There is a scarcity of research on the impact of political and economic disasters and crisis on media organisations. Some studies and findings have looked at the characteristics that ‘make up’ resilience in an organisation. One of the few publications on the resilience of media organisations published in 2019 by WAN-IFRA concluded that strategic thinking, a close adaptation of revenue models to the local context and partnership opportunities contributed to a sense of resilience. Media economy analyst Ann Hollifield suggests we borrow insights from other industries about business continuity and resilience in the face of disasters given the scarcity of literature on media. These insights suggest that a key element of surviving a crisis is innovation and the capacity of organisations to do it.
Answering this question will contribute to building a body of literature on the characteristics and culture of an organisation that makes it more likely to be resilient, but it will go beyond assessments of internal adaptation and leadership capacities. It will use a case study approach to tell the complex story of how different organisations supported by PRIMED have survived, collapsed or recovered in and after various economic and political challenges during the three years of implementation.
A framework and a bank of accompanying indicators are being developed to understand media resilience across organisations. Measurement of resilience coupled with data from practitioners, management and others in the wider media ecosystem will enable identification of the key drivers of media resilience.
This work will first establish the ‘what’ question. What do organisations need to be resilient to? How do they perceive their vulnerabilities? There will be differences in the challenges faced between different organisations within one media ecosystem and at different times. This will depend on particular political contexts and markets that organisations operate in and their position in those contexts and markets.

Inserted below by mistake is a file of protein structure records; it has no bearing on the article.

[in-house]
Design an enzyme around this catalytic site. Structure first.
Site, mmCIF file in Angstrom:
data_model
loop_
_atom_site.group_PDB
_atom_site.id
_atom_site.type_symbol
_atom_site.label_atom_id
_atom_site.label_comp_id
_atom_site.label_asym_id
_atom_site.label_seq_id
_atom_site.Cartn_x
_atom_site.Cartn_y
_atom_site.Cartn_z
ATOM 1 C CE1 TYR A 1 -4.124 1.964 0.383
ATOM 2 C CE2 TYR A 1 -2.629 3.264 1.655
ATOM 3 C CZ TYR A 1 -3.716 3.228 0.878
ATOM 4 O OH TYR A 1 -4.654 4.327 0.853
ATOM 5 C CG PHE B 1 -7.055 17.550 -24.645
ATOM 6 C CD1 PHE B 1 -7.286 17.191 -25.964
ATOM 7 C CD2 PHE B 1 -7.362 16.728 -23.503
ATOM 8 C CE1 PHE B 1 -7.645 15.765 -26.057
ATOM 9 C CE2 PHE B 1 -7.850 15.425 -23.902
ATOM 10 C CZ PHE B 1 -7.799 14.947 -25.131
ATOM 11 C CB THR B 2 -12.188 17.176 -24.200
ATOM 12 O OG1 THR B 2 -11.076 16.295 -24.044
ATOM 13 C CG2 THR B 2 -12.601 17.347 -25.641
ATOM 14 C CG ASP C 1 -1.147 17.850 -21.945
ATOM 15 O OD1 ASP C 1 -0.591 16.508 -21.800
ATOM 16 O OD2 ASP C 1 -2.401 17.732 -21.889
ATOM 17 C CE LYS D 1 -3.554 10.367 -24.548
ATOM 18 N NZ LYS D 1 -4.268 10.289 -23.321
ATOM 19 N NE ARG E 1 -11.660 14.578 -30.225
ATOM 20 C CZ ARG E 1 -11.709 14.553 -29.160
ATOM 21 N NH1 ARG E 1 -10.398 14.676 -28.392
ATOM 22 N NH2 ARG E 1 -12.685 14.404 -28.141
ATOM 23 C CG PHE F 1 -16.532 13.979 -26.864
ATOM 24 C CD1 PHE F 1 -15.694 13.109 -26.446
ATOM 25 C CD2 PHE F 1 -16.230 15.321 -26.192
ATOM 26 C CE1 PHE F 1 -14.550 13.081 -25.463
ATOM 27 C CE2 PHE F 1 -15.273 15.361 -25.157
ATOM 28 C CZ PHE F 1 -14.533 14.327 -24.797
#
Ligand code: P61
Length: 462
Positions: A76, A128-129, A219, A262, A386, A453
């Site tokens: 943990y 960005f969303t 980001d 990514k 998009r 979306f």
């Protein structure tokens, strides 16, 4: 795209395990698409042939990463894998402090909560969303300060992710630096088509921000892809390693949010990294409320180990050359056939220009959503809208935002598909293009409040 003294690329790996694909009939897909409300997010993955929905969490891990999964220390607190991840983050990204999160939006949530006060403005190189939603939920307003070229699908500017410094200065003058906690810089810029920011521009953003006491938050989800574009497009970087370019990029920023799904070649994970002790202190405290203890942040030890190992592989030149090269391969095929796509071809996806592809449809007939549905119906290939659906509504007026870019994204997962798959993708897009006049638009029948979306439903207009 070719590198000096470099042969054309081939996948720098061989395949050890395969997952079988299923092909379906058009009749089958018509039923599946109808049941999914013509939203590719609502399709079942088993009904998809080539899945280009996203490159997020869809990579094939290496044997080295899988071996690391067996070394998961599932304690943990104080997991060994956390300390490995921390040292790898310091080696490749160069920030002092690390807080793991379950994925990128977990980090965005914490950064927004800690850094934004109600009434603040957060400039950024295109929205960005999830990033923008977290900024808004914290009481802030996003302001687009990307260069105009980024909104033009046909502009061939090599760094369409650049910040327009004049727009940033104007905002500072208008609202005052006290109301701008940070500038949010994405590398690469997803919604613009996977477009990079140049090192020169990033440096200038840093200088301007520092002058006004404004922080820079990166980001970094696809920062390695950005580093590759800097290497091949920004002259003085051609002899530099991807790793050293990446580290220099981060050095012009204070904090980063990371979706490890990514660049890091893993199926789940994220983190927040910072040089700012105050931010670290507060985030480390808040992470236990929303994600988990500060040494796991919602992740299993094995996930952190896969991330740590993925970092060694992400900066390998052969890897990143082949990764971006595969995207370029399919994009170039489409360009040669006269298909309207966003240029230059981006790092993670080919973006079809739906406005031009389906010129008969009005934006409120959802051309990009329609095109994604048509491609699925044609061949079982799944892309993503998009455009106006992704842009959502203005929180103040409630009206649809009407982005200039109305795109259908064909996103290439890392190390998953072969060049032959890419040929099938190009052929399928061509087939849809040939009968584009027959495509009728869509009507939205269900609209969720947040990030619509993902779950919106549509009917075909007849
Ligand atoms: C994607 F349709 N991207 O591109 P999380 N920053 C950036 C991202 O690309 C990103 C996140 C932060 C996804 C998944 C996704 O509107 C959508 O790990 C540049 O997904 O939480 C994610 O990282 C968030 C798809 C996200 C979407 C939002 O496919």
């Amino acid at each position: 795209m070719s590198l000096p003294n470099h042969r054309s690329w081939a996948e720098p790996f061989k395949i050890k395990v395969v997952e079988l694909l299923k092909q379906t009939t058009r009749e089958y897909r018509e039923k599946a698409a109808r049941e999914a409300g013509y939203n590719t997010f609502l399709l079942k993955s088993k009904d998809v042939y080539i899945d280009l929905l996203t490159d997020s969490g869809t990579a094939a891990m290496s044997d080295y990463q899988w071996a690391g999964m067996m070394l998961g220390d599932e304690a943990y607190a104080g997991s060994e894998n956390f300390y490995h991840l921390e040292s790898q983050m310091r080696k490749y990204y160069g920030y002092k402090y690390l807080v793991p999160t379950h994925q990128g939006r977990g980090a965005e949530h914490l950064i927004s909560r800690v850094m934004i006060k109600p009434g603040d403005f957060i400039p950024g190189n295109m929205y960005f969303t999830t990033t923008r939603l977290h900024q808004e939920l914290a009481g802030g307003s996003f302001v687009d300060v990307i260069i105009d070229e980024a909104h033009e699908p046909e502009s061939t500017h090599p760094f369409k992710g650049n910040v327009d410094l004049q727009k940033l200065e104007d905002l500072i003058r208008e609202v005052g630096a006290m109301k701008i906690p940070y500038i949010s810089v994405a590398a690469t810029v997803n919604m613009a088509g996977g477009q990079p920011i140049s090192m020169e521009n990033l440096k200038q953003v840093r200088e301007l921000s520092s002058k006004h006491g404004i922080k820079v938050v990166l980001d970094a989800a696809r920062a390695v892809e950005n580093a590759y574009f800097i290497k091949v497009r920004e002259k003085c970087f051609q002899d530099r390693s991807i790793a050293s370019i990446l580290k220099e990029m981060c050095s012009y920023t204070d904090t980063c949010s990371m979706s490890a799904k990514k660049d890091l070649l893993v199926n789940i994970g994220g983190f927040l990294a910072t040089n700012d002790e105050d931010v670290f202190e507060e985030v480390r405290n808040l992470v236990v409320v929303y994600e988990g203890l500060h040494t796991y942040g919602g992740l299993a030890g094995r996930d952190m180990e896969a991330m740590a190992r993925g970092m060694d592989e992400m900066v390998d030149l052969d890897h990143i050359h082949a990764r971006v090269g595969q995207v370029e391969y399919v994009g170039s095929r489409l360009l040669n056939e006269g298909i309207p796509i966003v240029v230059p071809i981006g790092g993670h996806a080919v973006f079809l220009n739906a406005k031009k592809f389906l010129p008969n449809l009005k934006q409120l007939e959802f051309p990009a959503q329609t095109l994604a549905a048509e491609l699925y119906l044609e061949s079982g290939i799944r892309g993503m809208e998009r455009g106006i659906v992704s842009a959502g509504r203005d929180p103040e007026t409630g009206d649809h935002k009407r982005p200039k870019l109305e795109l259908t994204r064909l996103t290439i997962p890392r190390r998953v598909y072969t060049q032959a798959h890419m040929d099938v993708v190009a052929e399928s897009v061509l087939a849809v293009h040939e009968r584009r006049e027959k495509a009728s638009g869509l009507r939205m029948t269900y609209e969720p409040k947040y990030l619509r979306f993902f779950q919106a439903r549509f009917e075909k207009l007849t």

The analysis will take into consideration the interconnectedness of the ‘macro’ political economy factors that media organisations have to be resilient to, as well as micro factors within each organisation that support their resilience to the challenges they face, i.e. capabilities, leadership and culture. It will conclude with an analysis of what makes some organisations more or less sensitive to these areas in a given context? And what support strategies are likely to be most effective in improving their resilience to those vulnerabilities.
Over the past thirty years, the understanding of what constitutes an enabling environment for the media has gradually increased but has also profoundly changed. Freedom House for instance, which has studied freedom of the press around the world consistently for over thirty years, until 2018 focused on three key elements. These key elements were the political, economic, and legal environment in which media operate. The focus of much media support has been on the regulatory and legal environment as well as the political context in which media support takes place. The economic environment has tended to be a subsidiary priority not least because until a decade ago, more liberalised economic environments provided a healthy backdrop for flourishing media.